It’s not all about the food, even though cyclists eat — a lot. Reed McCalvin is a physical therapist, masseur, nutritionist, sandwich-maker, bottle-filler, van driver, launderer and shepherd. He also makes a lot of runs to Chipotle.
McCalvin is a large man with an infectious ebullience. When we meet, he’s talking to a family that hosted him here 11 years ago, and as we sit in the dining area of the Marriott downtown, one of the UCI organizers stops by to say hello as a rainbow of cyclists passes by. After a only a few minutes, you realize why his team has such affection for him, and why manager of communications for USA Cycling calls McCalvin the best in the business.
He grew up in Lake Placid, New York, and after a stint in the Army, he graduated from Duke University with a business degree. And he realized he had no use for it. When he started thinking about jobs for which he was qualified, he knew he couldn’t stand sitting behind a desk.
But he’d always loved cycling.
“I had a problem — I’d had injuries, I was mechanically ‘declined.’ Other positions were coach and manager but I had no experience,” McCalvin says. “That just left the soigneur role.”
He moved to Boulder, Colorado, a city where most of American pro cyclists live and train.
Usually a soigneur job is a part-time gig, but after massage school and then a physical therapy degree, he was hired full-time. In 2010, he switched from working for pro teams to work for a development team. Soon he was head soigneur for the Axeon Cycling Team. There, he takes care of young male riders — juniors and under-23-year-olds — and helps them get to the big league of pro cycling.
“I could work with teenagers — not always an easy thing,” McCalvin says. “And it turned out I was really good at it.”
For Team USA — and for his young riders on the development team — his role is more of a compassionate parent than stern taskmaster. “You can’t be the hockey dad — that doesn’t help anyone,” he says. “You need to keep it light and funny.” When one of riders gets a spot on one of the big teams, he says, he wants them to be ready for it and know how to take care of themselves. “They achieve their dream [when they sign with a major international team] but then they founder. They can’t cook — they can’t even do their laundry. I want to give them life skills.”
On a typical day, McCalvin arranges breakfast at the hotel, sets the cyclists’ GPS devices on their bikes and gets a brown bag lunch ready — usually a turkey sandwich with a little olive oil and lettuce, applesauce, chocolate milk, fruit. “I’ll put a tiny piece of chocolate in the bottom. They have to eat the rest to get their reward.”
He’ll fill water bottles and ice down extra. He’ll hand mix a special electrolyte blend and pass out steel-cut oats with fruit and nuts. When I mention that I had pretty much the same thing for breakfast, McCalvin laughs: “Not as much as these guys.” Each rider will get approximately six packets of instant oats mixed with fistfuls of nuts and fruit.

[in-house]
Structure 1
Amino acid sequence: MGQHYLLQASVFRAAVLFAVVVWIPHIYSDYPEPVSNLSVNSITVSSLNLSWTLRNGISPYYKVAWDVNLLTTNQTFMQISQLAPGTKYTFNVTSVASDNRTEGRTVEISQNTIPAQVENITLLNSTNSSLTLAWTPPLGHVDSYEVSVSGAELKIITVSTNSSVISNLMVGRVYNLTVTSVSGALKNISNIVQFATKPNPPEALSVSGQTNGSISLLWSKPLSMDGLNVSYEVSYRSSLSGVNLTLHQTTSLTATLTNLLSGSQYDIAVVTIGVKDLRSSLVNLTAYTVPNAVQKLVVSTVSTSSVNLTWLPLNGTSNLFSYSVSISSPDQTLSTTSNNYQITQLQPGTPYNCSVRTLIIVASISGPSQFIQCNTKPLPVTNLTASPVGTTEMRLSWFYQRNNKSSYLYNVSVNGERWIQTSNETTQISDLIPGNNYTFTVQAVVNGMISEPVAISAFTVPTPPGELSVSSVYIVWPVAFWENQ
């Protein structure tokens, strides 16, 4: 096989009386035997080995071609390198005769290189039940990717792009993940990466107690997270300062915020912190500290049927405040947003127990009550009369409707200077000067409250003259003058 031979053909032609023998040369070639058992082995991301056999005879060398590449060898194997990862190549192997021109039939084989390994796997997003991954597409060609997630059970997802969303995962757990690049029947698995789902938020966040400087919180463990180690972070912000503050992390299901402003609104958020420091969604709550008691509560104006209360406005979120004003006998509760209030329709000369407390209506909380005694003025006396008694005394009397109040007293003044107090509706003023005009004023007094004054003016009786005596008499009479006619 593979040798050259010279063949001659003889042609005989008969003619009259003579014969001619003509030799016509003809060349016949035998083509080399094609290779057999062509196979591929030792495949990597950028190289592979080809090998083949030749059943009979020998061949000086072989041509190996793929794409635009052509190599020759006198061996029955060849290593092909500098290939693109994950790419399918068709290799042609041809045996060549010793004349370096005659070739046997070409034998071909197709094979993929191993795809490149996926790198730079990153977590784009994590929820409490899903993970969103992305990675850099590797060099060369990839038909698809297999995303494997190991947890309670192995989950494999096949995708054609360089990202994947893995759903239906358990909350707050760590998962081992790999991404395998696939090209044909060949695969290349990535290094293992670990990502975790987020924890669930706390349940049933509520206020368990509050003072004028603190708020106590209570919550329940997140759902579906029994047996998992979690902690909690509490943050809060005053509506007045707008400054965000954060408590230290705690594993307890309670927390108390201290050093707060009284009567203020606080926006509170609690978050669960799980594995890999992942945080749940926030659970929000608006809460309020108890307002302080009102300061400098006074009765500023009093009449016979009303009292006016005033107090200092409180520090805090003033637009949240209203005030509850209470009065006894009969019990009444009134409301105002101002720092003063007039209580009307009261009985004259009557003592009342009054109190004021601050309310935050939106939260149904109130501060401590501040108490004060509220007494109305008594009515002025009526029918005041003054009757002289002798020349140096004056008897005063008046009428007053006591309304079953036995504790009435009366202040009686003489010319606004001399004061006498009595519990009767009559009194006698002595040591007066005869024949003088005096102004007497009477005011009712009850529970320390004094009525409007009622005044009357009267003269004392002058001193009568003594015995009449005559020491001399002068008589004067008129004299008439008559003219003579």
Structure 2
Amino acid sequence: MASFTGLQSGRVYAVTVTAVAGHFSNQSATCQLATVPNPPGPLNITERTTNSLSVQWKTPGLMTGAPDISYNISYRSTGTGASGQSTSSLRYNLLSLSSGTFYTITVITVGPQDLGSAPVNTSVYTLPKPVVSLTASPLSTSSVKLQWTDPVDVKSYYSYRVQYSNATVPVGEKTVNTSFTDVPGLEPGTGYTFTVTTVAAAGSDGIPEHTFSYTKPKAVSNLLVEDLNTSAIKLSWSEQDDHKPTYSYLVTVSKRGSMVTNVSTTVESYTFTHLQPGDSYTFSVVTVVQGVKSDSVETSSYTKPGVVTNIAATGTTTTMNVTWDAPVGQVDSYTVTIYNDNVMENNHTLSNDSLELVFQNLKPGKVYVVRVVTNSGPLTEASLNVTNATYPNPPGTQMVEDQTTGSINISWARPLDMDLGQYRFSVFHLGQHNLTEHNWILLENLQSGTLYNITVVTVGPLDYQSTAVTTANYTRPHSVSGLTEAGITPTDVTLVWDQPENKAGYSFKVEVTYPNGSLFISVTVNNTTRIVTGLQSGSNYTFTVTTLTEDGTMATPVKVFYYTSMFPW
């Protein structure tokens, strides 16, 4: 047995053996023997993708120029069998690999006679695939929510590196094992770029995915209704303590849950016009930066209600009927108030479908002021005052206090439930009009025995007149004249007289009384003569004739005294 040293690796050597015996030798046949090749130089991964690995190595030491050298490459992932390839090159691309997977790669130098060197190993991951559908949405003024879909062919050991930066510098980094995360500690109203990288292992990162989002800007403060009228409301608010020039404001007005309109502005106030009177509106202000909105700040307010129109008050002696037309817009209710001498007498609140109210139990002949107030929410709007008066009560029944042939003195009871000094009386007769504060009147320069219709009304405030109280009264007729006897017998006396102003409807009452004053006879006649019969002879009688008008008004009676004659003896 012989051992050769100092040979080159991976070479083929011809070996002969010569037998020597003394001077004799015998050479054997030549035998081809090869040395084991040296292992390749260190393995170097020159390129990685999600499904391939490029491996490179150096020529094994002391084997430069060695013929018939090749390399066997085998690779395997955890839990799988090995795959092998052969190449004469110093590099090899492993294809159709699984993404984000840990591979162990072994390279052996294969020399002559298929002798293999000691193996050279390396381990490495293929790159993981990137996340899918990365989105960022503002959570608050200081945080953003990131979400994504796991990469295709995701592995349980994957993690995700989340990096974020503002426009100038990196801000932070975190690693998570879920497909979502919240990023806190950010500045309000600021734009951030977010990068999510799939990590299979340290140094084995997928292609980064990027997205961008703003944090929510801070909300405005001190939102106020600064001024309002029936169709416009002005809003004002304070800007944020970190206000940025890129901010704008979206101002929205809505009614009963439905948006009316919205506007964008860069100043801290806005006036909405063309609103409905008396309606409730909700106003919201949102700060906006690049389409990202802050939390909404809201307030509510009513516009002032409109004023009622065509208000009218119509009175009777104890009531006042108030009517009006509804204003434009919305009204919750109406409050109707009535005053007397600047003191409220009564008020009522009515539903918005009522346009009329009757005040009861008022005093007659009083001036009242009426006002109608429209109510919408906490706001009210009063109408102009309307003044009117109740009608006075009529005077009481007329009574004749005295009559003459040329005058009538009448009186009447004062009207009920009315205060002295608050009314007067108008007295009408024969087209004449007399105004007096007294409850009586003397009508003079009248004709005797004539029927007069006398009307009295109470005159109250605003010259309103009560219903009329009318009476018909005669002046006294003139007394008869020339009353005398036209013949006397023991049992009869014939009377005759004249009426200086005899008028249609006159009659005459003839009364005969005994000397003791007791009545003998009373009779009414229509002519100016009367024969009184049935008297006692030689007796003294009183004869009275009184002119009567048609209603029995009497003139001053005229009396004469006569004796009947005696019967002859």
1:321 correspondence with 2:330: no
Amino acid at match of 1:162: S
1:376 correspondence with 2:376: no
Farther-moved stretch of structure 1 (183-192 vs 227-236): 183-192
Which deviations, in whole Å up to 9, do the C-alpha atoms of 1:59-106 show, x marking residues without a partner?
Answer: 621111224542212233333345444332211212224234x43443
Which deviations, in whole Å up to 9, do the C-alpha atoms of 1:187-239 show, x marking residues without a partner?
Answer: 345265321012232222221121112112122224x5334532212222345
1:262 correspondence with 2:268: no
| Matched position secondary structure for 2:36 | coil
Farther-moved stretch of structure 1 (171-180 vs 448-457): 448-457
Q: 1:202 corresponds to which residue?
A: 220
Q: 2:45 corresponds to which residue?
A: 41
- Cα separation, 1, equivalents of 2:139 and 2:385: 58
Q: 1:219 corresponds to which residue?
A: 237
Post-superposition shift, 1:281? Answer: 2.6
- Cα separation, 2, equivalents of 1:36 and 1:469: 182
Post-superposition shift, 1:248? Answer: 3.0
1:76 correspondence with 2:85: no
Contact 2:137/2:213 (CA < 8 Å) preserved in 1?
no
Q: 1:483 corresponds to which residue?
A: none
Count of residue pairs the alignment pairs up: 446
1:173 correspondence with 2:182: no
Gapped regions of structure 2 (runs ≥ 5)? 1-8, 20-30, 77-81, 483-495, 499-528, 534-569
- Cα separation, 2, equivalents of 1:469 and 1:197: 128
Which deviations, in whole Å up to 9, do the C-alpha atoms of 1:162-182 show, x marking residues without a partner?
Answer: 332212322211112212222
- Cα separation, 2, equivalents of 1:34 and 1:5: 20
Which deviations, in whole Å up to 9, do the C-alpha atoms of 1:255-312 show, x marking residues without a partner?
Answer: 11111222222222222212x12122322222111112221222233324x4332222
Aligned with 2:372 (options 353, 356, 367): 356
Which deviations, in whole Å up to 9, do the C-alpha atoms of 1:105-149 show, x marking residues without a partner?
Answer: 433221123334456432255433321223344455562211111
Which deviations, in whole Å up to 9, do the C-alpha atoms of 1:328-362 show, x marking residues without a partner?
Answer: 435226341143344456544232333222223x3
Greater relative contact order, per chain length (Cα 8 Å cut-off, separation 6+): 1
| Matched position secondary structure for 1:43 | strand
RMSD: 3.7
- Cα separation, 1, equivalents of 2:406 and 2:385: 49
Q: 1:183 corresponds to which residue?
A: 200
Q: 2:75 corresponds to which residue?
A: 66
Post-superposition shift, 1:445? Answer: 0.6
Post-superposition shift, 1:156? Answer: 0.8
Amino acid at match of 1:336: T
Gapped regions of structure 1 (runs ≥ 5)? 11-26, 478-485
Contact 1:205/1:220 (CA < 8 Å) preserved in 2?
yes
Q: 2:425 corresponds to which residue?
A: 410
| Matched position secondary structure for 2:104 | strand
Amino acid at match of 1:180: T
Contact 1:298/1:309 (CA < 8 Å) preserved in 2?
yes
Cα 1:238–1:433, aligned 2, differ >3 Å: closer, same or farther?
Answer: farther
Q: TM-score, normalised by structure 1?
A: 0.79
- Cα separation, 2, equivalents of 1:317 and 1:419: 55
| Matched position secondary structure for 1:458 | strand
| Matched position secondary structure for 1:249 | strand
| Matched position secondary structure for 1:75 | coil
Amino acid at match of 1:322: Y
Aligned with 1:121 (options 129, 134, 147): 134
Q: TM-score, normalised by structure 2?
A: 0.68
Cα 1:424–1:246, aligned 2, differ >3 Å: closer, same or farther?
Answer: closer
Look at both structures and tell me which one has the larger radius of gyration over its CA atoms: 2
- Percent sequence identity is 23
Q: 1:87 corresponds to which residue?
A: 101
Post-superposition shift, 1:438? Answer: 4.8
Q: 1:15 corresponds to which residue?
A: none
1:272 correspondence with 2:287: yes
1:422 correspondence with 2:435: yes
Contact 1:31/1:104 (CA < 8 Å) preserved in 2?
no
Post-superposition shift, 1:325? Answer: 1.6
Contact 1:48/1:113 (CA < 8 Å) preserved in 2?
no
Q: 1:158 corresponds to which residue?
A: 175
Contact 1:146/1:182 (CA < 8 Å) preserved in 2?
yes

I don’t eat that much for breakfast.
I also don’t consume 1,000 calories during a ride either. That’s how much the contents of the feed bags contain that McCalvin provides at the halfway point of the race. As the riders go by, they snatch the bag out of his hands without slowing down. They’ll eat two snack bars, two packets of electrolyte-filled gels packed with sugar, a couple of easy-to-eat snacks, and drink two electrolyte drinks during the rest of the ride. “You just can’t make up for the calories the guys lose during the race,” he says.
At the end of the race, and after a recovery shake and a shower, the riders go to McCalvin for massages and any physical therapy they might need. Then, it’s time to wrangle dinner.
A restaurant has to be willing to make a few concessions: first, to set aside a block of time for the riders to come in and then modify their offerings to match the heavy carbohydrate diet they need. “We once went to an Olive Garden. I said, ‘Hi. Don’t do anything you normally do’ — and then ordered pasta without the two cups of sauce they put on it and a lot of other things they weren’t used to.”
It’s been called one of the 10 worst jobs in sports. After McCalvin takes the guys back to the hotel, he preps for the next day and will wake at 6 a.m. to get ready to do it all over again.
But McCalvin has no complaints. “I love this job. I’m perfectly suited for it. There’s a lot of ego around, but you have to step back,” he says. “You have to understand that this is for the greater good of the kids … it’s helping them achieve their dreams.”